Asbestos is a hazardous mineral commonly used in a wide array of Australian materials until prohibition occurred on 31 December 2003. Although asbestos is no longer used in Australian products, many buildings and equipment still contain asbestos-containing materials (ACMs), which can release deadly fibres into the air if disturbed. Asbestos exposure can cause serious health problems like mesothelioma, lung cancer, and asbestosis. Australian regulations require asbestos air monitoring before, during and after certain events to protect the health and safety of workers and the public. This article will explain what asbestos air monitoring is, why it is important, and how it is conducted in Australia.
What is Asbestos Air Monitoring?
Asbestos air monitoring is the process of measuring and analysing the concentration of airborne asbestos fibres. Asbestos air monitoring aims to identify the level of exposure risk to workers and the public and ensure that control measures are effective in minimising this risk. The monitoring process must be conducted by Licenced Asbestos Assessor who has the necessary training and equipment to carry out the task.
There are several types of asbestos air monitoring, each serving an essential role in the way licensed asbestos assessors evaluate the risk of exposure:
- Personal or Exposure air monitoring:
Exposure air monitoring aims to assess a worker’s level of asbestos exposure. The worker wears a personal air monitor for a specific period measuring the concentration of asbestos fibres in the individual’s breathing zone.
- Background air monitoring:
Background air monitoring evaluates ambient asbestos fibre concentrations in the atmosphere during normal conditions at a static location. This type of air monitoring is generally conducted before an event, such as asbestos removal work, to provide a baseline for comparing future results.
- Control air monitoring:
Control air monitoring is generally only performed from a static location to evaluate the efficiency of control measures. Certain control measures, such as those used in asbestos removal work, require air monitoring.
- Clearance air monitoring:
Clearance air monitoring is conducted after asbestos removal work to ensure the area is safe for reoccupation. Enclosures from the removal must remain erect until the fibre concentration is below the acceptable level of less than 0.01 fibres/ml.
Why is Asbestos Air Monitoring Important in Australia?
Asbestos is a significant health hazard in Australia, where over 4000 lives are lost yearly due to asbestos-related diseases. Asbestos air monitoring is essential for the following reasons:
To Ensure Compliance with Regulations
In Australia, there are strict regulations in place to protect workers and the public from asbestos exposure. Asbestos air monitoring is a legal requirement in all states and territories across Australia. Building site operators and PCBUs must comply with specific guidelines and standards for asbestos air monitoring to avoid legal penalties.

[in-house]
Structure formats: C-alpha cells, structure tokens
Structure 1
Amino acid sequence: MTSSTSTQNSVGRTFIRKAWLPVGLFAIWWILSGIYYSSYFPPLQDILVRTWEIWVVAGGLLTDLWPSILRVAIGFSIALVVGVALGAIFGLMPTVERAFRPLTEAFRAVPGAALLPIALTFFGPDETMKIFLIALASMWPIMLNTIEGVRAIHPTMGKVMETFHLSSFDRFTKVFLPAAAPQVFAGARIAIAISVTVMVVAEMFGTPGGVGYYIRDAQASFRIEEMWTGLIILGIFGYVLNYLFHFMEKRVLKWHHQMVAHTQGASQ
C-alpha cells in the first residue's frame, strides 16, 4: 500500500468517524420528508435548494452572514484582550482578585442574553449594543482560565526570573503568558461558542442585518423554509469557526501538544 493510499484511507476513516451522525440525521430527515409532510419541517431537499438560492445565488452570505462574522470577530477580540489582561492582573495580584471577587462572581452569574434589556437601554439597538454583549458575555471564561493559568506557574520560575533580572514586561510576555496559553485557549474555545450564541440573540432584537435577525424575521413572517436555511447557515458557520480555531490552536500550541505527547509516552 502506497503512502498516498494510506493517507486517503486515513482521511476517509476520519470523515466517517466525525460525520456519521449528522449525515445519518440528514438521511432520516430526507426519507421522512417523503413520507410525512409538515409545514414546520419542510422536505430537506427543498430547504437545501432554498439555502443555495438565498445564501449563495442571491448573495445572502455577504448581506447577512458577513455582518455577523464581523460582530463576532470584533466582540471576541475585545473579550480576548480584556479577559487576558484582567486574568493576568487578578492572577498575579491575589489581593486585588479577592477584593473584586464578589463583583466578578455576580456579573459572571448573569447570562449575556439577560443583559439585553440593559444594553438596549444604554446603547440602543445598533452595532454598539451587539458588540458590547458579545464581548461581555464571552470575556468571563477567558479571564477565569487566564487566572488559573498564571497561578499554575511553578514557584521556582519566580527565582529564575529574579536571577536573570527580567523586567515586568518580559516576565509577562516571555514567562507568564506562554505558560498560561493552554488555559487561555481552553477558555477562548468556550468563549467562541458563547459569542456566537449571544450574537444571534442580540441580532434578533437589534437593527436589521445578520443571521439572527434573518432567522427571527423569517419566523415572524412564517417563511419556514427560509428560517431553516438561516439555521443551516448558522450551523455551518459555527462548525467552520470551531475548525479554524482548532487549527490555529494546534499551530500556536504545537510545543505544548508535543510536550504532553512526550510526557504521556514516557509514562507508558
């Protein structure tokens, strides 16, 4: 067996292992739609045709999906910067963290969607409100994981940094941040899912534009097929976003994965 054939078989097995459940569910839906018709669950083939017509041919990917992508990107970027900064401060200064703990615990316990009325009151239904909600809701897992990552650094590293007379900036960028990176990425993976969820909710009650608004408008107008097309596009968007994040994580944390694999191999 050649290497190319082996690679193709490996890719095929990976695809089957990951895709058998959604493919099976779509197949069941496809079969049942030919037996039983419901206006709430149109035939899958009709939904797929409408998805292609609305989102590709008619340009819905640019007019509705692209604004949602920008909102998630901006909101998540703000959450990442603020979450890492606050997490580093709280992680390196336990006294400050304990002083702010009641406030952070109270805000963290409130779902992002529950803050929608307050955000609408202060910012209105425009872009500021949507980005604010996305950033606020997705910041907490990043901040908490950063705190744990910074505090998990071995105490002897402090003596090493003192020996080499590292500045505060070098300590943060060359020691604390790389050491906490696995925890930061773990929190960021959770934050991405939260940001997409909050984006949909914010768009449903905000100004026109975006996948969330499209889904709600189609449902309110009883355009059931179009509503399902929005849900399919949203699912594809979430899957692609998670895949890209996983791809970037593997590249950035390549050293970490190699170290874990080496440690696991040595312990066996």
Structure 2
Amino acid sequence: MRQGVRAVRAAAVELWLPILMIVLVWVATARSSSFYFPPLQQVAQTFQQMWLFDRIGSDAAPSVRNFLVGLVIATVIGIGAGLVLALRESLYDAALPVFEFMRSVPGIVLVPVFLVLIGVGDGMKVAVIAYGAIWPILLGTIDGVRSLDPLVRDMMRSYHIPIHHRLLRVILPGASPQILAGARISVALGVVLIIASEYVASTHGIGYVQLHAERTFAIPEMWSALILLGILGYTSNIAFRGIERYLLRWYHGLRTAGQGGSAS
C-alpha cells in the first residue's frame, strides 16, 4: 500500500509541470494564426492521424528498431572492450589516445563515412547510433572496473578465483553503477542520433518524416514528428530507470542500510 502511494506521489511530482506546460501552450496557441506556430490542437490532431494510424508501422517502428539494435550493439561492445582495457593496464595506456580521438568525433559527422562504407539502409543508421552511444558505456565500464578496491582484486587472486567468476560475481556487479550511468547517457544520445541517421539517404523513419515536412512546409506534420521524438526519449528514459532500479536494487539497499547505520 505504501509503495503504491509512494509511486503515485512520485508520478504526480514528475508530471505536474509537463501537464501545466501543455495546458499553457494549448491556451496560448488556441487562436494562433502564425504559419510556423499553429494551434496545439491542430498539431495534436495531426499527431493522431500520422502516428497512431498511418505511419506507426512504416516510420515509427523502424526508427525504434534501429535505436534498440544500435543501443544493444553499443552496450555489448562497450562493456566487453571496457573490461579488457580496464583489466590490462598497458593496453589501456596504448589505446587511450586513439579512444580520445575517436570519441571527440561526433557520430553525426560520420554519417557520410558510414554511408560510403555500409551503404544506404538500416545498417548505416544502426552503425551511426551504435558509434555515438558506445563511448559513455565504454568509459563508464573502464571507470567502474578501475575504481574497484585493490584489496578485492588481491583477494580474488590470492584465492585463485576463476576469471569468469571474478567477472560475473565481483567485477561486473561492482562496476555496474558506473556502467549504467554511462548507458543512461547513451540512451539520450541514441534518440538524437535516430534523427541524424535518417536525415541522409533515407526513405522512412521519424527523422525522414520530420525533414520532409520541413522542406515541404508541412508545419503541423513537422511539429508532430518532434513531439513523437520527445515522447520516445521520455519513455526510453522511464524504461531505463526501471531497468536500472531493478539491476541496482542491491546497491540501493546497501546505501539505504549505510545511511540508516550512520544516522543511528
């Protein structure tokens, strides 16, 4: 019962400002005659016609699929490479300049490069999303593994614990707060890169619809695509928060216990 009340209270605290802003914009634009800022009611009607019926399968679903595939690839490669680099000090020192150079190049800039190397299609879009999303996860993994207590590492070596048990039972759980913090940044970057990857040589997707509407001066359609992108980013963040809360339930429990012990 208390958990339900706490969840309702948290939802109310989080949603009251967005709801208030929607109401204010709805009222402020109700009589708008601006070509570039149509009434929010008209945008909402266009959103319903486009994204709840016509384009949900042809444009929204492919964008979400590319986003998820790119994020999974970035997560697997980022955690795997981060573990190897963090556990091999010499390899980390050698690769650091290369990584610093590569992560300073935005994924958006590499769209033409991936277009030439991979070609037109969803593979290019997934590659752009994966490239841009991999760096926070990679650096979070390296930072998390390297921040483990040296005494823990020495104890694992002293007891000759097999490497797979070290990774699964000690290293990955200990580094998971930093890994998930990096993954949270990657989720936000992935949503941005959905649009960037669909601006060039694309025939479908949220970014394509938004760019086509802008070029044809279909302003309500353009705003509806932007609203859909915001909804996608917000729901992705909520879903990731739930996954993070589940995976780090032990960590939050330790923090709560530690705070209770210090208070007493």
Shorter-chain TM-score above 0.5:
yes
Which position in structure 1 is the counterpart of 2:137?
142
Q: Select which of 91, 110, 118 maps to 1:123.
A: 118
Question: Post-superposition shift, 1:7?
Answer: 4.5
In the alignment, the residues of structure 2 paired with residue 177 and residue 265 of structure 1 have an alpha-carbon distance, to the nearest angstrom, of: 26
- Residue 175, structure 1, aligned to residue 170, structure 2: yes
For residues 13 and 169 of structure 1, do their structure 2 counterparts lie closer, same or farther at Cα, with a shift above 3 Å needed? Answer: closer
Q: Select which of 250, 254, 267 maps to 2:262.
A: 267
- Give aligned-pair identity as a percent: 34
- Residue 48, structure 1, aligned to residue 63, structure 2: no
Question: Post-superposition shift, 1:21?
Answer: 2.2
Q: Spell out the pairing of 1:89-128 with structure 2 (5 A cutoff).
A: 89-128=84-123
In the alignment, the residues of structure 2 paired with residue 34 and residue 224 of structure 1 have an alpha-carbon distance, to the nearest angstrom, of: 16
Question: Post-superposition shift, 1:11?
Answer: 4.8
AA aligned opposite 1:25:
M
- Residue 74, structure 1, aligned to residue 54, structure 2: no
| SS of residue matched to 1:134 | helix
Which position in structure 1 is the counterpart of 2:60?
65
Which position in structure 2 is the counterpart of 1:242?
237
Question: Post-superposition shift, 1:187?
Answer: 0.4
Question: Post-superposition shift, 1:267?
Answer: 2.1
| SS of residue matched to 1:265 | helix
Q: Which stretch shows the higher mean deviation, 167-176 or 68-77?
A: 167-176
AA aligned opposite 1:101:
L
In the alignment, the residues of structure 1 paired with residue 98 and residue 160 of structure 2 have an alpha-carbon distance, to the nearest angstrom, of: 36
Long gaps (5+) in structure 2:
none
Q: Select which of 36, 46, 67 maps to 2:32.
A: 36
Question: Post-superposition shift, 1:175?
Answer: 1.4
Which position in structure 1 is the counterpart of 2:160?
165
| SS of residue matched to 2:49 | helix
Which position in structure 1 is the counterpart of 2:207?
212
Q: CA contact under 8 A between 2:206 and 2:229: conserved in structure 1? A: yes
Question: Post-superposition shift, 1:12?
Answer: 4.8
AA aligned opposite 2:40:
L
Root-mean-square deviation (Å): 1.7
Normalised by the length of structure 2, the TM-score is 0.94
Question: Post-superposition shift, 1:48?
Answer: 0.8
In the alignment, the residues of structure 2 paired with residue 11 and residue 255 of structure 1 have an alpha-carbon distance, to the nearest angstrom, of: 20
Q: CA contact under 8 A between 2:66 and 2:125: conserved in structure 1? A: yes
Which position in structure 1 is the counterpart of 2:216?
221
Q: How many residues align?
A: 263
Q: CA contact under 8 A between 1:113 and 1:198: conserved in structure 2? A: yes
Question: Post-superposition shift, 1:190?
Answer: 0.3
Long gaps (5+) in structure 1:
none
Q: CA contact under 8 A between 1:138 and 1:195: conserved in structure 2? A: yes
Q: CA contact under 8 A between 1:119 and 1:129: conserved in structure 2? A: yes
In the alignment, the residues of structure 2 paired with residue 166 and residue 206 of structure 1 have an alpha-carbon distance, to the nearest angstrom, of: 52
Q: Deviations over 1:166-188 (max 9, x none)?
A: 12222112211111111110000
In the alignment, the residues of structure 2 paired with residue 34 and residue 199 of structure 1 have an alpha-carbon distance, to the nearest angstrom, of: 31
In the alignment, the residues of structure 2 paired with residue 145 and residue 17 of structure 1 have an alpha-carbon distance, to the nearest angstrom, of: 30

To Determine the Level of Exposure Risk
Asbestos air monitoring can identify the level of exposure risk to workers and the public and help determine the appropriate control measures needed to minimise this risk. The results of asbestos air monitoring can also help identify areas where ACMs may need to be removed or where additional control measures may be required to protect workers and the public.
To Ensure the Effectiveness of Control Measures
Control measures, such as enclosures, barricading, and personal protective equipment (PPE), are used to reduce the risk of exposure to airborne asbestos fibres. Asbestos air monitoring can determine the effectiveness of these control measures and help identify areas where improvements are needed to ensure worker and public safety.
How is Asbestos Air Monitoring Conducted in Australia?
Only a Licenced Asbestos Assessor should conduct asbestos air monitoring using the NOHSC:30039(2005) and approved methods.
The Licenced Asbestos Assessor will conduct a pre-sampling site assessment to determine the best location for air sampling. The site will be evaluated for potential sources of asbestos fibres, such as ACMs, asbestos in soil, and previous asbestos removal activities. The assessor will also assess the potential for cross-contamination and ensure the sampling equipment is calibrated and functioning correctly.
The assessor will use specialised air sampling equipment set at a pre-determined flow rate for a set period to collect air samples from the designated locations, sometimes referred to as asbestos air quality testing . After the sample collection time, usually between 4 to 8 hours, the desired volume of air is pulled through the asbestos sampling cassette, where fibres collect for analysis.
The air samples will be sent to a NATA-accredited laboratory for analysis, where the filters are removed from the cassettes and prepared for examination using Phase Contrast Microscopy (PCM). Respirable fibres (greater than 5 micrometres in length and less than 3 micrometres in width) are counted in 100 graticule fields (microscope eyepiece – Walton-Beckett circular graticule). The total number of fibres counted during analysis and the total air volume sampled are used to calculate the fibre concentration displayed as fibres per millilitre of air (f/ml).
Reporting and Interpretation
Asbestos reports are essential. The laboratory will provide a report detailing the results of the air sampling analysis. The Licenced Asbestos Assessor will interpret the results and determine whether the concentration of asbestos fibres in the air is within regulatory limits or poses a risk to a worker or the public. From there, various asbestos risk management strategies and asbestos management services may need to be considered.